I enjoyed the winter champs and riding the dressage divas demo with the Altogether Equestrian team dressed in full bling. Many horses blow up at Hartpury doing a straight test at lower levels in silence, so taking four in together with a light show, blaring music and dry ice to do grand prix work is a big ask.
Passing down wisdom to the younger generation is the duty of the senior riders. So I did encourage my fellow divas to wear their stocks firmly pinned as a few years ago, following a similar display at Hartpury but wearing a more flimsy costume, I was sent “fan mail” by one of the only straight men there, informing me that he had very much enjoyed my demo as he could see “right down my top”.
Hartpury was a great showcase for the young professionals. Dannie Morgan, who won two championships, seems to be being tempted from his first love — eventing — by the opportunity to ride the gorgeous Headmore Davina, while Sophie Wells rode two beautiful gala tests.
Becoming a dressage professional is no easy task — especially for those without financial help from parents, who have to work harder to maximise their opportunities. I’ve always thought a module of the young professionals’ award should be judged on ability to mount while on the phone.
This would prove dexterity, clear thinking and the ability to communicate with both man and beast in one easy task. Buying a pair of brown boots and looking around for the medals certainly isn’t enough. In this job, downtime is more likely to be something to do with falling off, and your balance will be all about your riding, not your work/life.
The show also highlighted the strength of British breeding with many of our top studs well represented by international quality offspring. That wonderful stallion, the late Dimaggio, made an impression with many progeny performing well and providing me with the “horse I’d most like to take home” in Keystone Drummer Boy, who contested the advanced medium gold with Luke Baber-Davies.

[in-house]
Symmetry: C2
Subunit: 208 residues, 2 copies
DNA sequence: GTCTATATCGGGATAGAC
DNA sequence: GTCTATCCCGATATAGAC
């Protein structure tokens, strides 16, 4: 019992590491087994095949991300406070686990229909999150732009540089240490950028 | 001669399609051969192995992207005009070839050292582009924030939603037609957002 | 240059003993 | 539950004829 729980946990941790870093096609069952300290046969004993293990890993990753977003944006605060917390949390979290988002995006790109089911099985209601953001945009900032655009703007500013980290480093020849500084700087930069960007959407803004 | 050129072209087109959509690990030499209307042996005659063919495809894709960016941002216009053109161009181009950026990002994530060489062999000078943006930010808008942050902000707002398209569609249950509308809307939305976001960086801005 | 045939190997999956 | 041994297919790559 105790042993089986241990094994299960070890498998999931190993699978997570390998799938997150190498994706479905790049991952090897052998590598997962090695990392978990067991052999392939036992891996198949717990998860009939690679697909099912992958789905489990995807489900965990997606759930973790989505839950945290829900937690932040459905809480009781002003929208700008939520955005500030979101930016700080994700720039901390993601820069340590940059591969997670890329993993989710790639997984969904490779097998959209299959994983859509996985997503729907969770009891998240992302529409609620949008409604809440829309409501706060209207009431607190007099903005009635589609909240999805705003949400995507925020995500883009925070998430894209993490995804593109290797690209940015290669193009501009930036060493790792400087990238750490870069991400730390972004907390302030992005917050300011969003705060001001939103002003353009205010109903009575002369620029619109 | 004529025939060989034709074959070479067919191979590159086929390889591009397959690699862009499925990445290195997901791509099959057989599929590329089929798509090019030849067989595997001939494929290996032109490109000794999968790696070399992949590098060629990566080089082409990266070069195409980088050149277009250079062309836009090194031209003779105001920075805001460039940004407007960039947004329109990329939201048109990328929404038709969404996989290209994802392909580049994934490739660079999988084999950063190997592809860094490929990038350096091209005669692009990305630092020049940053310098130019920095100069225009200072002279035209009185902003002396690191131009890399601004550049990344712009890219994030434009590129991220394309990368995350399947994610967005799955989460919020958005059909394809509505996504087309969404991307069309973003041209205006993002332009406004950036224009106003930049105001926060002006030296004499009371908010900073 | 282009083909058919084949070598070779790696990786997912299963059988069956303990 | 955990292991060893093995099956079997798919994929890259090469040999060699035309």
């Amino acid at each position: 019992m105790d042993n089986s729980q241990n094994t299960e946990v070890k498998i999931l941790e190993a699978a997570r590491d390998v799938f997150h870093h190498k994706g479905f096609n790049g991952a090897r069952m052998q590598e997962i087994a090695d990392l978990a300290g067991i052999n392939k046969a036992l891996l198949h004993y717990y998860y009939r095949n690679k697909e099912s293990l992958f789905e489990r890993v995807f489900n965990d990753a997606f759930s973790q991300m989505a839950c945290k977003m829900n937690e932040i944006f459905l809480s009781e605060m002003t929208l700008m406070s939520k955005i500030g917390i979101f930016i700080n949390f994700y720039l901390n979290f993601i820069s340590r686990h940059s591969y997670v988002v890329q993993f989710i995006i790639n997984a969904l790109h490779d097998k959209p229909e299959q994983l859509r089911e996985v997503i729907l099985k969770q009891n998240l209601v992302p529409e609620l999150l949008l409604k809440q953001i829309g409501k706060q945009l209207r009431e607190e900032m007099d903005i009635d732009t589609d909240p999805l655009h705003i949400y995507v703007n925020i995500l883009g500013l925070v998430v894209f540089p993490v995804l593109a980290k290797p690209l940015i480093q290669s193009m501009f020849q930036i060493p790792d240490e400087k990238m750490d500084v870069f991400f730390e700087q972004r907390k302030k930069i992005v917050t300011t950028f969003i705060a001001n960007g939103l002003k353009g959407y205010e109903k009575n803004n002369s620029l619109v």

I am always looking to buy horses and, excited by the quality after the championships, I had a ring-round to see about visiting some of the UK-based ones. Only two of the eight I called answered the phone or replied to messages. It seems we have the product but perhaps not the marketing, back-up or inclination to sell.
There have been some exciting leaps forward in the FEI bitting rulebook, giving us a lot of new concepts to work with and bits to try. These have been designed with the horse’s comfort in mind and include ported snaffles and bridoons with independent side action, so new “toys” to play with.
At a recent demo with Dale Myler, the dressage riders were gathering round the table like bees around a honeypot — and these new bits are British Dressage legal, too.
Ref Horse & Hound; 4 May 2017